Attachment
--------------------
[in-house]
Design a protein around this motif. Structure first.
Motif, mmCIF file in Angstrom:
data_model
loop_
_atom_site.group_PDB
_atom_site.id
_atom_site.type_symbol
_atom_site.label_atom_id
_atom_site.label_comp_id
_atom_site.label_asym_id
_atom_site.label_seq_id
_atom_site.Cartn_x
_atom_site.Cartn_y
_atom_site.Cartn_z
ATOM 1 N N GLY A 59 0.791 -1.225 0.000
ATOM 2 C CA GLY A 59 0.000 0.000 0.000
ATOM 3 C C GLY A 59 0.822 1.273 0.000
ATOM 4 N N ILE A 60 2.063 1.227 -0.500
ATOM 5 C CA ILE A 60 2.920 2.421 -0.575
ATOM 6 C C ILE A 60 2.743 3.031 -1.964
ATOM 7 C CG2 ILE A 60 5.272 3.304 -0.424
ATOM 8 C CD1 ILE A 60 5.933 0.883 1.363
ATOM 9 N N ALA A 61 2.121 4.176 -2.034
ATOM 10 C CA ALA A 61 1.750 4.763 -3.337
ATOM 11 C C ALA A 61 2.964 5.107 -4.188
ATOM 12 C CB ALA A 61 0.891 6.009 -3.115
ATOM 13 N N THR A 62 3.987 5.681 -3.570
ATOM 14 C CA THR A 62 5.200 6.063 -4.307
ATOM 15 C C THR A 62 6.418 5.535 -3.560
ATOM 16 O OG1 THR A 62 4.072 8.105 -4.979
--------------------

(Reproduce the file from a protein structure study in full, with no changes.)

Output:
[in-house]
Design a protein around this motif. Structure first.
Motif, mmCIF file in Angstrom:
data_model
loop_
_atom_site.group_PDB
_atom_site.id
_atom_site.type_symbol
_atom_site.label_atom_id
_atom_site.label_comp_id
_atom_site.label_asym_id
_atom_site.label_seq_id
_atom_site.Cartn_x
_atom_site.Cartn_y
_atom_site.Cartn_z
ATOM 1 N N GLY A 59 0.791 -1.225 0.000
ATOM 2 C CA GLY A 59 0.000 0.000 0.000
ATOM 3 C C GLY A 59 0.822 1.273 0.000
ATOM 4 N N ILE A 60 2.063 1.227 -0.500
ATOM 5 C CA ILE A 60 2.920 2.421 -0.575
ATOM 6 C C ILE A 60 2.743 3.031 -1.964
ATOM 7 C CG2 ILE A 60 5.272 3.304 -0.424
ATOM 8 C CD1 ILE A 60 5.933 0.883 1.363
ATOM 9 N N ALA A 61 2.121 4.176 -2.034
ATOM 10 C CA ALA A 61 1.750 4.763 -3.337
ATOM 11 C C ALA A 61 2.964 5.107 -4.188
ATOM 12 C CB ALA A 61 0.891 6.009 -3.115
ATOM 13 N N THR A 62 3.987 5.681 -3.570
ATOM 14 C CA THR A 62 5.200 6.063 -4.307
ATOM 15 C C THR A 62 6.418 5.535 -3.560
ATOM 16 O OG1 THR A 62 4.072 8.105 -4.979